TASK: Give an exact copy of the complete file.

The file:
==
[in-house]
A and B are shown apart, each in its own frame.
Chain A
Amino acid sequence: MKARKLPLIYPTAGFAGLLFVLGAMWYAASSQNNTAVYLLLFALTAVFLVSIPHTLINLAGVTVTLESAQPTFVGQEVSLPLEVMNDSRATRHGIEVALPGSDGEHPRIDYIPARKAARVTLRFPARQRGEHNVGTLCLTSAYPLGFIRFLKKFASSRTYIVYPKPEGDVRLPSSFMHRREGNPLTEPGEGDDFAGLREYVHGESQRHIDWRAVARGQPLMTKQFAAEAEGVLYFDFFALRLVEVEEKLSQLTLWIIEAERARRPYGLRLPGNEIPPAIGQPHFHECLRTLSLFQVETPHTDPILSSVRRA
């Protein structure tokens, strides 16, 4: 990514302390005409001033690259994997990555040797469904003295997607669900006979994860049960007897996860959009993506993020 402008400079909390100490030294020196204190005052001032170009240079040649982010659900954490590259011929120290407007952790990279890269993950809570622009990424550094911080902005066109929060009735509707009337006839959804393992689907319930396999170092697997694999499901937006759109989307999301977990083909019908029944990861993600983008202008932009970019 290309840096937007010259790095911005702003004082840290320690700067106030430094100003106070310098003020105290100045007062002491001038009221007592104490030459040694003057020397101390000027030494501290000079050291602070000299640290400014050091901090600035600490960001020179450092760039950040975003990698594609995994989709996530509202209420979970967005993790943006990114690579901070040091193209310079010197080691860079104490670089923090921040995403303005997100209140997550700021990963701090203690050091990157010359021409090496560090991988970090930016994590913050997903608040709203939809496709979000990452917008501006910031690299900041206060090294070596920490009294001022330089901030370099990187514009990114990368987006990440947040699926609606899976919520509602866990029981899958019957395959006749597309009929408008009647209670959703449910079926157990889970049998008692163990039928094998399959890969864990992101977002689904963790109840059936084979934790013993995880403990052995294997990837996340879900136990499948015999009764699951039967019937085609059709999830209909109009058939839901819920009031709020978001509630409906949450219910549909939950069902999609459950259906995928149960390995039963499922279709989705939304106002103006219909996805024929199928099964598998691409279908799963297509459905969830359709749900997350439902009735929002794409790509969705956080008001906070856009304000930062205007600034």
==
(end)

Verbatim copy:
[in-house]
A and B are shown apart, each in its own frame.
Chain A
Amino acid sequence: MKARKLPLIYPTAGFAGLLFVLGAMWYAASSQNNTAVYLLLFALTAVFLVSIPHTLINLAGVTVTLESAQPTFVGQEVSLPLEVMNDSRATRHGIEVALPGSDGEHPRIDYIPARKAARVTLRFPARQRGEHNVGTLCLTSAYPLGFIRFLKKFASSRTYIVYPKPEGDVRLPSSFMHRREGNPLTEPGEGDDFAGLREYVHGESQRHIDWRAVARGQPLMTKQFAAEAEGVLYFDFFALRLVEVEEKLSQLTLWIIEAERARRPYGLRLPGNEIPPAIGQPHFHECLRTLSLFQVETPHTDPILSSVRRA
């Protein structure tokens, strides 16, 4: 990514302390005409001033690259994997990555040797469904003295997607669900006979994860049960007897996860959009993506993020 402008400079909390100490030294020196204190005052001032170009240079040649982010659900954490590259011929120290407007952790990279890269993950809570622009990424550094911080902005066109929060009735509707009337006839959804393992689907319930396999170092697997694999499901937006759109989307999301977990083909019908029944990861993600983008202008932009970019 290309840096937007010259790095911005702003004082840290320690700067106030430094100003106070310098003020105290100045007062002491001038009221007592104490030459040694003057020397101390000027030494501290000079050291602070000299640290400014050091901090600035600490960001020179450092760039950040975003990698594609995994989709996530509202209420979970967005993790943006990114690579901070040091193209310079010197080691860079104490670089923090921040995403303005997100209140997550700021990963701090203690050091990157010359021409090496560090991988970090930016994590913050997903608040709203939809496709979000990452917008501006910031690299900041206060090294070596920490009294001022330089901030370099990187514009990114990368987006990440947040699926609606899976919520509602866990029981899958019957395959006749597309009929408008009647209670959703449910079926157990889970049998008692163990039928094998399959890969864990992101977002689904963790109840059936084979934790013993995880403990052995294997990837996340879900136990499948015999009764699951039967019937085609059709999830209909109009058939839901819920009031709020978001509630409906949450219910549909939950069902999609459950259906995928149960390995039963499922279709989705939304106002103006219909996805024929199928099964598998691409279908799963297509459905969830359709749900997350439902009735929002794409790509969705956080008001906070856009304000930062205007600034």